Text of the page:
Still don't know what I'm talking about? Allow Huffington Post's Jason Linkins to bring you up to speed:
A YouTube clip purporting to demonstrate -- through press room etiquette -- that the White House Press Corps has a greater level of fundamental respect for President Barack Obama than his predecessor has been making its way around the internet. In the video, the viewer is offered a side-by-side comparison between Obama's interruption of last week's press briefing to announce David Souter's retirement and another instance in which President George W. Bush entered the briefing room. In the former, the press corps stand up. In the later they remain seated. Here, you can watch for yourself:
I was inclined to be skeptical of this claim, since a single moment between Bush and the press corps in an eight year Presidency does not paint an accurate picture of their relationship. As it turns out, the comparison is pretty unfair, and you can take the word of someone who should know -- CBS News' Mark Knoller:
It's a long-standing practice for reporters to rise when the president enters the East Room for a news conference, but that hasn't been the case in the briefing room.
I checked with two colleagues who served as senior wire service reporters during the Bush Presidency and who, in matters of press protocol, the rest of us followed.
"The briefing room is always a more informal place," says Steve Holland of Reuters.
But the principal reason reporters remained in their seats, he said, was not to block the shot of TV cameramen and still photographers in the back of the room who were trying to make a picture of the president's walk-in.
For those keeping track of the debunked Obama/media love-fest conspiracies, this is number 8,253. Not bad for a little over 100 days into the President's first term.
Several media figures and outlets have falsely claimed that President Obama's approval rating is lower than that of most or all recent presidents, according to Gallup. In fact, Gallup itself recently reported that, by two different measures, Obama's approval rating is the second highest of any president since 1969.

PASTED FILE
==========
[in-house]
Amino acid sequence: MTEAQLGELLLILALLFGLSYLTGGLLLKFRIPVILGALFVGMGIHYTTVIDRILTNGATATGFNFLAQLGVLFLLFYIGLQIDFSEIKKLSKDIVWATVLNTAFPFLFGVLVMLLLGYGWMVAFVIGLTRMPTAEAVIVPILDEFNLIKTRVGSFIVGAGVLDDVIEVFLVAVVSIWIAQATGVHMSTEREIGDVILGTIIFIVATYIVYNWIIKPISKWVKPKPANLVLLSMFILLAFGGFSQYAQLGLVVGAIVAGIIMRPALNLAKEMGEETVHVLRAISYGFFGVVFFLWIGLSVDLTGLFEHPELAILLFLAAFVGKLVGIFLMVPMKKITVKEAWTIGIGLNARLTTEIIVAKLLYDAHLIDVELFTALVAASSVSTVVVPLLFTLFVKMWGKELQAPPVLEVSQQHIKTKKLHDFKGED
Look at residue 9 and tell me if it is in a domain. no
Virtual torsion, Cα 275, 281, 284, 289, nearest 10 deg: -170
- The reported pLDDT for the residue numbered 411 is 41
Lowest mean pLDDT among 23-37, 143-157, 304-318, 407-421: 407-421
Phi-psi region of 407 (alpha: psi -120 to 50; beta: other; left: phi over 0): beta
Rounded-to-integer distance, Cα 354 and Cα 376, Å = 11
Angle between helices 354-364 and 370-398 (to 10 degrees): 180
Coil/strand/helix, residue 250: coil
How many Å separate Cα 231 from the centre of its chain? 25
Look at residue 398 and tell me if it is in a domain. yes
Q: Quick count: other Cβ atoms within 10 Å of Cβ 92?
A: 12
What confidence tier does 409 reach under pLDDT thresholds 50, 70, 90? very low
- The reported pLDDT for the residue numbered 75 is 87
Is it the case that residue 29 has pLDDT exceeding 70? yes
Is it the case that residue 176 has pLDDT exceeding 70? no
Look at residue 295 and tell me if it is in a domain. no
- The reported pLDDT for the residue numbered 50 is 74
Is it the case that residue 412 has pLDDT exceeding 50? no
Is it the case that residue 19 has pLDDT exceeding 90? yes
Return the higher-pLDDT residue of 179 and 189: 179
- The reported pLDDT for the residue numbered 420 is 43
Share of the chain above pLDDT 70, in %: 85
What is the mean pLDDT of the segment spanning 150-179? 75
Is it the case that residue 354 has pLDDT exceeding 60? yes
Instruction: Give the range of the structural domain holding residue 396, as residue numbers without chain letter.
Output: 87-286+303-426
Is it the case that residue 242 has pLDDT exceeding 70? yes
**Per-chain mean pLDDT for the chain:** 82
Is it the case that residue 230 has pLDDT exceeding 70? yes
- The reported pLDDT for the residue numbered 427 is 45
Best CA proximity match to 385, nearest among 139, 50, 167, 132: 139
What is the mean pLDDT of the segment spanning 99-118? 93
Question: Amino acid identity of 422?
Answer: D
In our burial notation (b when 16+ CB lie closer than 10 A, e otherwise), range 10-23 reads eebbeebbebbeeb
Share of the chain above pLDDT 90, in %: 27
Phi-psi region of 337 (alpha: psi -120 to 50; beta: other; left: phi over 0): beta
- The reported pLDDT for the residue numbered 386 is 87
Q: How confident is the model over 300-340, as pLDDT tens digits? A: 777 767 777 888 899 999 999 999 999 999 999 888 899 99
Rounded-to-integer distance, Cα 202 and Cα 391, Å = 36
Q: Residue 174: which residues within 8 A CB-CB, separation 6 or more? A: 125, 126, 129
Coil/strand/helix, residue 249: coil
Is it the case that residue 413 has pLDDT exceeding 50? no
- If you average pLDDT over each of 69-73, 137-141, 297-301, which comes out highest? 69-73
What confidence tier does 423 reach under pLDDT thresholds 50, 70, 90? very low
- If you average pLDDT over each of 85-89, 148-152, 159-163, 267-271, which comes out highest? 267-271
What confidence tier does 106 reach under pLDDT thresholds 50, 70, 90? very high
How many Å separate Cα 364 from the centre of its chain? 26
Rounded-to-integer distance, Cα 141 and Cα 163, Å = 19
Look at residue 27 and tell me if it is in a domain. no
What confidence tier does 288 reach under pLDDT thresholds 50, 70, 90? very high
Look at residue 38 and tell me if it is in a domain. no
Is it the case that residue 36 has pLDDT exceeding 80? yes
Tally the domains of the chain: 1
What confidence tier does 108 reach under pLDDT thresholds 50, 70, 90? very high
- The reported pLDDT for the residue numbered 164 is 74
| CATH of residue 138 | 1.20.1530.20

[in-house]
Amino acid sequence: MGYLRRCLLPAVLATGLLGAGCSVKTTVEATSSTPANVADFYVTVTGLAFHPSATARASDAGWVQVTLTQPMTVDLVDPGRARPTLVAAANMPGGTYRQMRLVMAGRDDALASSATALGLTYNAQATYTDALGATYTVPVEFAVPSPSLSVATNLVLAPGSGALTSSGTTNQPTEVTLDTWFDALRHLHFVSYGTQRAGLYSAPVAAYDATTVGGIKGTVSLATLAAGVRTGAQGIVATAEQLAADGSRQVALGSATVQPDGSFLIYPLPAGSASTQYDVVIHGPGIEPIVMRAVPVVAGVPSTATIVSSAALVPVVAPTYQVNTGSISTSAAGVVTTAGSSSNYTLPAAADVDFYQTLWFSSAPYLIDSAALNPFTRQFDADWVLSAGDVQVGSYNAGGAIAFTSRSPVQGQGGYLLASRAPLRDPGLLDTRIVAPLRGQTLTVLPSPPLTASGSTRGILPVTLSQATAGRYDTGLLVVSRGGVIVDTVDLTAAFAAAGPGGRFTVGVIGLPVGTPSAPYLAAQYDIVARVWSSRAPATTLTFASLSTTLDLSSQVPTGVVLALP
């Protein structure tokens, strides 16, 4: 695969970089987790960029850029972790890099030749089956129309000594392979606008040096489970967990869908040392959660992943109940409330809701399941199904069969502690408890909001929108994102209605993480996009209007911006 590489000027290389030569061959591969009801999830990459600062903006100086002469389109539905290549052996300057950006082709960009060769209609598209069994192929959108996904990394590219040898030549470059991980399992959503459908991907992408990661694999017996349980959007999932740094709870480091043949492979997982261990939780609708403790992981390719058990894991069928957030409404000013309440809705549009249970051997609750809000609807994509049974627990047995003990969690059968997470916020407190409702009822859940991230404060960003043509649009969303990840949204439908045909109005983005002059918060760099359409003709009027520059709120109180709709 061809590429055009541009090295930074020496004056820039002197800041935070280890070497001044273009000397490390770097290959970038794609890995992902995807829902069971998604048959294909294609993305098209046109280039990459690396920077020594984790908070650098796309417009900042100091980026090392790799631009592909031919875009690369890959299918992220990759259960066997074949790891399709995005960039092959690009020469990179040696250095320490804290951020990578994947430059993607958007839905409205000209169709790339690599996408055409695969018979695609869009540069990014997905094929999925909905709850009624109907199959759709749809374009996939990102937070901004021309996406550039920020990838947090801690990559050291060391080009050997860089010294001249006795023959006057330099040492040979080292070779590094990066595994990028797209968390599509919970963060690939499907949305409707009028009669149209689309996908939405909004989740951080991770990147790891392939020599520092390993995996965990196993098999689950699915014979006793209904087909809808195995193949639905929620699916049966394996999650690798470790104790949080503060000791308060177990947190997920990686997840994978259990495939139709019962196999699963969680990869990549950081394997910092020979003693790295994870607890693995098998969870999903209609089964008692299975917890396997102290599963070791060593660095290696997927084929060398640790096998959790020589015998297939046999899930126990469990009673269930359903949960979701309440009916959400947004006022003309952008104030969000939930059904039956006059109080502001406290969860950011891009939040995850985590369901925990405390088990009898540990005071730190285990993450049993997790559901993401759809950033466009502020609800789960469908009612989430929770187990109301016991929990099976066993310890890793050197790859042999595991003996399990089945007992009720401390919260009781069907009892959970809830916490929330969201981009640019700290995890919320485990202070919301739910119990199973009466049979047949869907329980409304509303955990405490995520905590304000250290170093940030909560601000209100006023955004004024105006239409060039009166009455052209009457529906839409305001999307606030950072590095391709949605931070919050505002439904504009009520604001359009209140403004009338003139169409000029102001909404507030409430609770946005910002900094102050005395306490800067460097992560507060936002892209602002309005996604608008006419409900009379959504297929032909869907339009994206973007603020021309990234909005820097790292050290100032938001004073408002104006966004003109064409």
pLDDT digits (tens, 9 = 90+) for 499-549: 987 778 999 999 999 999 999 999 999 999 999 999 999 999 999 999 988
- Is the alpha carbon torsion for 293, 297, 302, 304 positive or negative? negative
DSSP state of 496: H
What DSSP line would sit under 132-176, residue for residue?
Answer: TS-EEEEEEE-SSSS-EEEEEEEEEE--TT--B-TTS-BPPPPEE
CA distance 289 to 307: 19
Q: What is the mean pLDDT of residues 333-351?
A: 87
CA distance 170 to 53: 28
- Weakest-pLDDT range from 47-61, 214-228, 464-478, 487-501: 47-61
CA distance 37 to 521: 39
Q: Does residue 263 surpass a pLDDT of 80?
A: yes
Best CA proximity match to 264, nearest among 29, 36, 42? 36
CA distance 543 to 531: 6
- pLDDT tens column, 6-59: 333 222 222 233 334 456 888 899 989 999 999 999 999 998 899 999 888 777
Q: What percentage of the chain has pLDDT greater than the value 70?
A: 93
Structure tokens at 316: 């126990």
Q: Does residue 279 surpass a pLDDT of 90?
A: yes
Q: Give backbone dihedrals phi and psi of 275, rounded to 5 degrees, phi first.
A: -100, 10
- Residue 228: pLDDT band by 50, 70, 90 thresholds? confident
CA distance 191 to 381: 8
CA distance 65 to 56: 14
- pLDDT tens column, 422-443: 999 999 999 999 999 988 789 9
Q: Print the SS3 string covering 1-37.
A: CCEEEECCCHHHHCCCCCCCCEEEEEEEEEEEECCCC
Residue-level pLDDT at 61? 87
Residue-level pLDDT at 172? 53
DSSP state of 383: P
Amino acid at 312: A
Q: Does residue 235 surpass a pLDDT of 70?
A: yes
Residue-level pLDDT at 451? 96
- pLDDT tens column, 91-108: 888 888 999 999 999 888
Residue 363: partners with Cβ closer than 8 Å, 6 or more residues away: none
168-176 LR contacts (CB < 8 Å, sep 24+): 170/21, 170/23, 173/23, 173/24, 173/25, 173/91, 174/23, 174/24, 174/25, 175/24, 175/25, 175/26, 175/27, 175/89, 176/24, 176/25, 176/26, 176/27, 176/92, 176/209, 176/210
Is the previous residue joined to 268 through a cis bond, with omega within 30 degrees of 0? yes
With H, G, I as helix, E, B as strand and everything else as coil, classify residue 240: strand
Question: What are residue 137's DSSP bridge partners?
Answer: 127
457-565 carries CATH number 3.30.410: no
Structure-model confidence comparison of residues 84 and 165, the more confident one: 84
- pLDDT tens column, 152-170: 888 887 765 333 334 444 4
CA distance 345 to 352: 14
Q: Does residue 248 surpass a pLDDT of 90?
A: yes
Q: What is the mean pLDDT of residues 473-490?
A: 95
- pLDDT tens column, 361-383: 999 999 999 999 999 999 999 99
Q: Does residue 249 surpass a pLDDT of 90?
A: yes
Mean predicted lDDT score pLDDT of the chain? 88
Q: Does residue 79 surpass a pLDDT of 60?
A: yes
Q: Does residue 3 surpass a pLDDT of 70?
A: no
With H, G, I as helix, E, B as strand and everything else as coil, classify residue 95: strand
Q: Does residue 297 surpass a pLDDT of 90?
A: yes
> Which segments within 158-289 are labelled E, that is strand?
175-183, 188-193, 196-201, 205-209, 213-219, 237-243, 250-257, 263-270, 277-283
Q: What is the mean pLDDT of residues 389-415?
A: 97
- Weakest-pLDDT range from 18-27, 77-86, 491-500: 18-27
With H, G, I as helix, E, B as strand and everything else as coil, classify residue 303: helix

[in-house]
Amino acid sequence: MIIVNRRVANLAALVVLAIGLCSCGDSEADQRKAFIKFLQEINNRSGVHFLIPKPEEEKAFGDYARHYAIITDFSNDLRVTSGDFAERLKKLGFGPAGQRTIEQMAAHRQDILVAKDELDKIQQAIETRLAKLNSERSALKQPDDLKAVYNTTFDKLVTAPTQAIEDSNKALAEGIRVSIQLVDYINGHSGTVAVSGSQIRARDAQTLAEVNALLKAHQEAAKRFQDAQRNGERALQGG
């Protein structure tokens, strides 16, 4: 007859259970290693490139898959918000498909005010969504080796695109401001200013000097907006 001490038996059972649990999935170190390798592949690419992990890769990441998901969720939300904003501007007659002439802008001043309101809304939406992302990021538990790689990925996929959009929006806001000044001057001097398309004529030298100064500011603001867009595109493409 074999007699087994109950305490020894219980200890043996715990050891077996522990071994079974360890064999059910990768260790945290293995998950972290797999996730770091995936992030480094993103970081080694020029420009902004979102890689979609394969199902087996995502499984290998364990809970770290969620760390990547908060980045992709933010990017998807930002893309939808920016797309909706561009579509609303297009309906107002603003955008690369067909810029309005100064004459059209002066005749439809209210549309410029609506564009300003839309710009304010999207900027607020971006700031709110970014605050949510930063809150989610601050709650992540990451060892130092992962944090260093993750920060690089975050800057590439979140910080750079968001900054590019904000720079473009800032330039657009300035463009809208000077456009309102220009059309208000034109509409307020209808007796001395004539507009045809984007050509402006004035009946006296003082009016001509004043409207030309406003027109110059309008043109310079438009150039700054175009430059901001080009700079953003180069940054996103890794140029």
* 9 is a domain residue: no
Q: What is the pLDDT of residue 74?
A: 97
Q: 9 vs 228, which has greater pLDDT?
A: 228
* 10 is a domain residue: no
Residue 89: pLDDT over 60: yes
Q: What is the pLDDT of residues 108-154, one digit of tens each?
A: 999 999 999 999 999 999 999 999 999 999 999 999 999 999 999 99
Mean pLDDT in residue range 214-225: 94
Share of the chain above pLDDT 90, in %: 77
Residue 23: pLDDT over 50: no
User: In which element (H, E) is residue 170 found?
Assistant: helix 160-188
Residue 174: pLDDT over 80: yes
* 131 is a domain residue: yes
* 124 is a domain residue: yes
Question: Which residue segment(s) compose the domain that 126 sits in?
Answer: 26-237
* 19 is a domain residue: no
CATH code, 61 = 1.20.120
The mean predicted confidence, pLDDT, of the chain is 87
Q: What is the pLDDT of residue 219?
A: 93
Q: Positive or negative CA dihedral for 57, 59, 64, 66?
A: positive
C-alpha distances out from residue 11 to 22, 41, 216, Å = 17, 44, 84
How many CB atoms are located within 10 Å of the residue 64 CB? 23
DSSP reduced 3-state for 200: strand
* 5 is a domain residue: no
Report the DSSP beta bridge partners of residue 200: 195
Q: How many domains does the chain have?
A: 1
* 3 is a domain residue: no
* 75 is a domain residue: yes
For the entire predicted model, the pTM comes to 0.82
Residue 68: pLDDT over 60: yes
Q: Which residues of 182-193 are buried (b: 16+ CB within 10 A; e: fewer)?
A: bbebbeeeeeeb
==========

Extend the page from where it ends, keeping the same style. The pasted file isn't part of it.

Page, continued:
Mark Hemingway claimed that Paul Begala's statement that "[o]ur country executed Japanese soldiers who waterboarded American POWs" is false. However, the United States participated in a tribunal that sentenced numerous Japanese soldiers to death for war crimes including "torture" after a trial in which forms of waterboarding were presented as evidence of torture.
Terry Krepel over at ConWebWatch (he's also a Media Matters senior editor) destroys a Fox News Forum post by Noel Sheppard, NewsBusters associate editor, in which Shepard attacks Sen. John Kerry for calling Media Matters and ThinkProgress "good folks" while writing about the George Will global warming controversy on Huffington Post.
What Kerry chose to hide from readers was his wife's connection to these so-called "good folks."
ThinkProgress is the blog of the far-left leaning Center for American Progress. Contribution records show CAP having taken funds from the Tides Foundation, an organization that's received a great deal of money from the Howard Heinz Endowment chaired by -- wait for it! -- the junior senator from Massachusetts' wife Teresa Heinz Kerry.
2008 grantees of Tides' included the Center for American Progress Action Fund — a partner of CAP's — AND the Media Matters Action Network — a partner of MMA's.
Well, as Krepel points out:
There's just little one problem with Sheppard's conspiracy theory: it's not true.
As we and others have detailed, Heinz Kerry's donations to the Tides Foundation have been explicitly earmarked toward specific projects in Pennsylvania, making it impossible for that money to have gone toward CAP or Media Matters. Thus, the entire premise of Sheppard's article is false.
Curiously, at no point does Sheppard address the actual claims CAP and Media Matters have made about Will's false statements on global warming, nor does he mention that Washington Post ombudsman Andy Alexander has raised questions about the claims and the editing process that allowed them into Will's column.
Asked on Fox & Friends about the "damage done" by having Keith Olbermann and Chris Matthews anchor MSNBC's election coverage, the Media Research Center's Tim Graham responded, "Not only is the damage already done, the damage continues. I mean, not only are they keeping these people on for an hour a night, they're adding this lesbian Air America radio host, Rachel Maddow, on every night."
Tim Graham, the Media Research Center's director of media analysis, wrote in a NewsBusters blog post that House Speaker Nancy Pelosi "show[ed] she's more of a shallow politician than a devout Christian" for calling the Dalai Lama "His Holiness." However, Graham did not mention another prominent politician who has referred to the Dalai Lama as "His Holiness": President George W. Bush.
Media Research Center director of communications Seton Motley questioned Barack Obama's allegiance to the United States, asserting that Obama's membership in Trinity United Church of Christ, which is predominantly African-American, "seems to stand in diametric opposition to ... the oath to faithfully execute the office of President of the United States." Motley also claimed that: "Our prohibition on the Presidency...could reasonably be extended to Obama ... who chooses to pledge allegiance elsewhere as an article of faith."